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29 November 2011
In a recent decision the High Court again emphasised the high level of protection afforded to legal professional privilege in law, and made clear that a party's right to claim legal professional privilege should be overridden by a court order only in exceptional circumstances.
Applicants Mr Shalabayev and Mr Ablyazov were - with others - alleged by JSC BTA Bank to have misappropriated investment bonds with a nominal value of $290 million. In February 2011, as part of the wider proceedings, the bank obtained and executed a search order in respect of a storage unit licensed by one of the applicant's brothers. The search produced a number of boxes containing copies of the applicants' solicitor's client files.
Inevitably, the question arose of how to identify those parts of the files which were privileged. Following review by leading counsel (instructed by supervising solicitors), 8,000 documents were identified as being either privileged or containing such material that a claim to privilege could not be excluded. The court ordered that the applicants identify those documents over which they wished to assert legal professional privilege and, for each document, "provide sufficient particularity of the claim to privilege so as to enable the bank to decide whether to challenge such a claim" - this was referred to as the 'July order'.
The applicants' solicitors undertook a review of the documents identified - an exercise that took considerably longer than expected. They were granted two extensions to the original deadline, with the second extension being granted on an 'unless' basis. The unless order stated that if the applicants did not comply with the order by September 20 2011, they would be "debarred from claiming privilege over all those documents contained in the boxes in respect of which there has been no claim to privilege in accordance with the July order".
The applicants' solicitors served a schedule on September 20 2011 in purported compliance with the unless order and claimed privilege over 2,069 documents. However, this schedule failed to confirm which applicant was claiming privilege over each document and the description of the documents was found to be "uninformative in the extreme", giving no details of the parties and no indication of the nature of the claim beyond a "bare generic description", such as 'litigation'. Consequently, the bank applied for a declaration that the applicants had failed to comply with the unless order.
The court considered the schedule and found that it did not comply with the unless order. This meant that the applicants would be debarred from advancing their claims of privilege over the listed documents unless they made an application for relief.
The applicants duly issued an application for relief and produced a further schedule on October 25 2011 listing just 221 documents over which privilege was claimed. This second schedule was the result of an additional review by both counsel and the applicants' solicitors.
In considering the application for relief, the court emphasised that the level of particularisation required by the July order was relatively undemanding, and held that although the second schedule contained some "serious defects", it complied with the July order "by a very narrow margin".
As the second schedule was found to comply with the July order, the court had to consider whether the applicants should be permitted to assert privilege over the remaining documents, notwithstanding that they were in breach of an unless order. In doing so, the court affirmed the overwhelming importance of applying the Three Rivers principle regarding privilege - namely, that it is "absolute... there is no balancing exercise that has to be carried out".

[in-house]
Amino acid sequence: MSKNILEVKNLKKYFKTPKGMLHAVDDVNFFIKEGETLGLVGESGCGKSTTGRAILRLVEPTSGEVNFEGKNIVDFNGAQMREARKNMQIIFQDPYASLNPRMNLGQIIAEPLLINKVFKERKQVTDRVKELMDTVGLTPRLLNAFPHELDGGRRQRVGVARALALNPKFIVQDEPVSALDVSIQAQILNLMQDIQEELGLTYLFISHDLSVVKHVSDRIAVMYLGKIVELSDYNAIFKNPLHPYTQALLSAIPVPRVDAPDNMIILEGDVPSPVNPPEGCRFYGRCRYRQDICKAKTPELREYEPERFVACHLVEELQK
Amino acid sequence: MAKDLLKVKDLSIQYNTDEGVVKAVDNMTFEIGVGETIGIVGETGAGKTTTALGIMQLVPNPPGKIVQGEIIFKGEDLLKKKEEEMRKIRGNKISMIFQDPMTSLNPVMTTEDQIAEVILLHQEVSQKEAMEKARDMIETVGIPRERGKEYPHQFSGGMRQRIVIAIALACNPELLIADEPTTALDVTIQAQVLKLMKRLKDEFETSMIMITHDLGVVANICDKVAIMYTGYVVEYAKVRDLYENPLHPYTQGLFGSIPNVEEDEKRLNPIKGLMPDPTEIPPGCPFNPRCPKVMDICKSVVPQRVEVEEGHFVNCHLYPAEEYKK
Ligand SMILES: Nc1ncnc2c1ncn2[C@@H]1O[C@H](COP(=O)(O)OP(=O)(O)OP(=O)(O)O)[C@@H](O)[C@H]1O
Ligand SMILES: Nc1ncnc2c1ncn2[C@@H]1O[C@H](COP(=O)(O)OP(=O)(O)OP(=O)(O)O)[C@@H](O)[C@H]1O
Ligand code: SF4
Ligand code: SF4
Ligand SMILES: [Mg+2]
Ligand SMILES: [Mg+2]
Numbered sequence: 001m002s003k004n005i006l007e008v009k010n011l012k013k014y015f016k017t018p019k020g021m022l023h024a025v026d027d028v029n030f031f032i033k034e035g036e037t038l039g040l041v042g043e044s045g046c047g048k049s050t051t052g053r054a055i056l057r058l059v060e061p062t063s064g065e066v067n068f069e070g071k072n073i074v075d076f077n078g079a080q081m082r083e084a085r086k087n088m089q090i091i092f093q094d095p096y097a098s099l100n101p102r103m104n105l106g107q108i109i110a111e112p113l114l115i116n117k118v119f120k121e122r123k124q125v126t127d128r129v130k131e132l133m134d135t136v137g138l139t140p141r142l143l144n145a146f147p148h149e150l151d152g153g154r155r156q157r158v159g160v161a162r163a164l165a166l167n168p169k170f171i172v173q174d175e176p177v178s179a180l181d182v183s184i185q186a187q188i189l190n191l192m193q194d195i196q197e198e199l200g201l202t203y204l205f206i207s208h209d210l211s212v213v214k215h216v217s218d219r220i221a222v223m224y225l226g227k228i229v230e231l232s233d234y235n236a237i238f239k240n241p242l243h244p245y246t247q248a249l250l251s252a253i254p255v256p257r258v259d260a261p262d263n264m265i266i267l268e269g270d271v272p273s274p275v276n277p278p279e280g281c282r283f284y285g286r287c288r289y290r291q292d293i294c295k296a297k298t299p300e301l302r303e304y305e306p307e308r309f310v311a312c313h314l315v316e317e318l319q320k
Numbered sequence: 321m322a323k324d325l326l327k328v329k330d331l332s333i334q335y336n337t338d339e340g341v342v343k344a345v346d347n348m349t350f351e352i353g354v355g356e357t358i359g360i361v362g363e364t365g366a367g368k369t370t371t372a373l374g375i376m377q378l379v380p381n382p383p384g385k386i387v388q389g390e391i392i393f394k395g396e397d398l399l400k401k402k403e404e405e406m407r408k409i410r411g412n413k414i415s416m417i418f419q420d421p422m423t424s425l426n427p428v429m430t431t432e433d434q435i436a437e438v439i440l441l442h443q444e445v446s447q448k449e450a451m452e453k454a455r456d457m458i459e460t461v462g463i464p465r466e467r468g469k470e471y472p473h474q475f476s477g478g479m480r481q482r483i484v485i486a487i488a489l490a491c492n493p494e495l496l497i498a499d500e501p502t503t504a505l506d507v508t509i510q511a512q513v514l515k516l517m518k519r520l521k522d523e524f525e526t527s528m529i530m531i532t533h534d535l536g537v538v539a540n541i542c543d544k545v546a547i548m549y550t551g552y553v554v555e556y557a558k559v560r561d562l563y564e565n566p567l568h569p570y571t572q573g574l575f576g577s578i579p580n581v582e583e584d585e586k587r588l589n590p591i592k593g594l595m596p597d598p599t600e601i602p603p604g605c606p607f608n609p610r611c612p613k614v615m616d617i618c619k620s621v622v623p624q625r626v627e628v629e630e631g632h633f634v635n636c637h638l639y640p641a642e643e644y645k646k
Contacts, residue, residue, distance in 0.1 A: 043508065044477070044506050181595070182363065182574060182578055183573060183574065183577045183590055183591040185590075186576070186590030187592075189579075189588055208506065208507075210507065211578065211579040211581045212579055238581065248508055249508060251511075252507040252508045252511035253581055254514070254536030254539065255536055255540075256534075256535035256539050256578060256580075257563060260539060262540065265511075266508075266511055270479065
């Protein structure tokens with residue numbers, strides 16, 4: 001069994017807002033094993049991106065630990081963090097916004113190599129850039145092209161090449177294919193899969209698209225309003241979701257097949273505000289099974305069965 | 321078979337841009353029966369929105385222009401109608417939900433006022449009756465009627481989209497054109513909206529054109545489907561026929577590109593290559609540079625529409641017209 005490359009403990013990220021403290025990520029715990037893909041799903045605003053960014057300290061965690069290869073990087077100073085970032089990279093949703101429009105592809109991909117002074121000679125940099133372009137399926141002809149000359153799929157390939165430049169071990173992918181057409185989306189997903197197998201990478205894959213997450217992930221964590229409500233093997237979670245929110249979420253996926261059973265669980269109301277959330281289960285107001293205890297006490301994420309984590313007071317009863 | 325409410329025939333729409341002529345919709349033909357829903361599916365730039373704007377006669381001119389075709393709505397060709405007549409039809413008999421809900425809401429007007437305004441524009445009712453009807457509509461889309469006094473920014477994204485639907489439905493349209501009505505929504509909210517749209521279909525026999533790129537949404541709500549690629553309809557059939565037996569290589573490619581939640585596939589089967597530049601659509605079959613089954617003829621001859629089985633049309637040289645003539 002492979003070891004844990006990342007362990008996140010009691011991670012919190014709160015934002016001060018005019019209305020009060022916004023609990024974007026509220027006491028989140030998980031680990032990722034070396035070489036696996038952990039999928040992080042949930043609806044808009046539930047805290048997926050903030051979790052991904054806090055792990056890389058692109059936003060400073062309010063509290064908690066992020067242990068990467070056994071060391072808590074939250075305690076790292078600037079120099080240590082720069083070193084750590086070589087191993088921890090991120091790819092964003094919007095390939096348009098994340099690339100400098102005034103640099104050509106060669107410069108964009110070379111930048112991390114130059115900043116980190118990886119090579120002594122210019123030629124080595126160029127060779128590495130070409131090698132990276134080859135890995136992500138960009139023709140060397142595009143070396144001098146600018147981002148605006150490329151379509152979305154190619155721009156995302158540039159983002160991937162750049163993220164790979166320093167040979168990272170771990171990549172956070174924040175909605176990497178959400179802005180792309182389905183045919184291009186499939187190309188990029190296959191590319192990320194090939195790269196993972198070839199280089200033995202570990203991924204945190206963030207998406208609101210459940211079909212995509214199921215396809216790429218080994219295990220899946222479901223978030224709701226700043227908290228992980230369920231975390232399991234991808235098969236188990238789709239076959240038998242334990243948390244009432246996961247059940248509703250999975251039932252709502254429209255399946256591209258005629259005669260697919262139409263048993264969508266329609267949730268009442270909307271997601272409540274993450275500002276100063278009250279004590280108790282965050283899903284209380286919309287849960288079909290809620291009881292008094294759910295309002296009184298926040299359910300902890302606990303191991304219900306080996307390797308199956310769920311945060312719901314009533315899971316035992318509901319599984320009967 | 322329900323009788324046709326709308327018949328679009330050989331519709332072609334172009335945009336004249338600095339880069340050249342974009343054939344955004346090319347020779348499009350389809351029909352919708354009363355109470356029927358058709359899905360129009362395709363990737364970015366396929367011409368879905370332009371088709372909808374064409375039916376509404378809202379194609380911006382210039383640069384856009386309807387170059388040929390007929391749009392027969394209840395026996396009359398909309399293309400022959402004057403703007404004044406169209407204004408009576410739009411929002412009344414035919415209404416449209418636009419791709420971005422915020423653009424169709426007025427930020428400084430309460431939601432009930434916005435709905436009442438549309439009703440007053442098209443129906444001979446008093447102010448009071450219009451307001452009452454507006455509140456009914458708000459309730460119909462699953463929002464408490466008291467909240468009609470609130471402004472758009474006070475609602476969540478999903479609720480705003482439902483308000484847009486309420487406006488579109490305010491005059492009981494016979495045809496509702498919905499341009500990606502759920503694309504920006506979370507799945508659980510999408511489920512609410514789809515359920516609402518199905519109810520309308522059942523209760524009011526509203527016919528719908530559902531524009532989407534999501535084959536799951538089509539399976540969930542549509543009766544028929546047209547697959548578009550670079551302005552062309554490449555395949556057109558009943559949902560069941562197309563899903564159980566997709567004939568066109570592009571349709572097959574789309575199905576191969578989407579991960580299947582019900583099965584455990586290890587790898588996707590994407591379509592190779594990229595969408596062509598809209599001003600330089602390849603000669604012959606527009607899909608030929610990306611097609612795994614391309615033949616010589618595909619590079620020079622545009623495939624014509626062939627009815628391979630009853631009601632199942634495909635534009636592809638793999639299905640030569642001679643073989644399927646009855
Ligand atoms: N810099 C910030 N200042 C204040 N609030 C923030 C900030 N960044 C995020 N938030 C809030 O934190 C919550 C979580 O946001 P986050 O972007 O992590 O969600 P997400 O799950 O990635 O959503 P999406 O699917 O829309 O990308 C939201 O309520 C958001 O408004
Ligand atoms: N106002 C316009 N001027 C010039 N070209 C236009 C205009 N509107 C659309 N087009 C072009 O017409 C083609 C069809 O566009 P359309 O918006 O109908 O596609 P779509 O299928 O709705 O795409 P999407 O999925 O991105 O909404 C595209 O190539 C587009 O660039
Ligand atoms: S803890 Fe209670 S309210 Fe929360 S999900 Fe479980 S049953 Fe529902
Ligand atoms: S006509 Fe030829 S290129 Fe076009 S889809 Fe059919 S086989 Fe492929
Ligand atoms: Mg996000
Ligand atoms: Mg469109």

Accordingly, while the court was obliged to take into account the factors set out in Part 3.9(1) of the Civil Procedure Rules (CPR), this process was framed by the consideration that a party's substantive right to claim legal privilege is afforded a very high level of protection by the law. The court considered the following facts in relation to the factors set out in CPR 3.9(1):
Having considered these factors in the context of the Three Rivers principle, the court granted the application for relief from sanction, although it made clear that had the case not involved the right to claim legal professional privilege, the previous conduct of the applicants would probably have been decisive in a refusal of the application.
However, as this application involved a claim for privilege, the proper administration of justice required that a party which advanced an adequate claim to privilege in belated compliance with an unless order should, in the absence of exceptional circumstances, be granted relief from sanction which would otherwise prevent such a claim being made.
It may seem surprising that the court was willing to grant relief from sanction to applicants with a clear history of disregarding court orders. However, in doing so the court has reaffirmed the importance attached to the right of parties to claim legal professional privilege, and demonstrates the court's high regard for the absolute nature of the right.
That said, the applicants were clearly assisted by proceedings still being in their early stages, the fact that the initial obligation of the July order was not overly demanding, and the fact that not granting the relief sought would have been prejudicial to other defendants who would have been affected by, but had no personal liability for, the applicants' failure to comply with the unless order.
The court also recognised that although a party may indirectly forfeit the right to claim privilege, it would be undesirable for potentially valid claims to privilege - however late they may be introduced - to be indirectly overridden by the exercise of a case management power.
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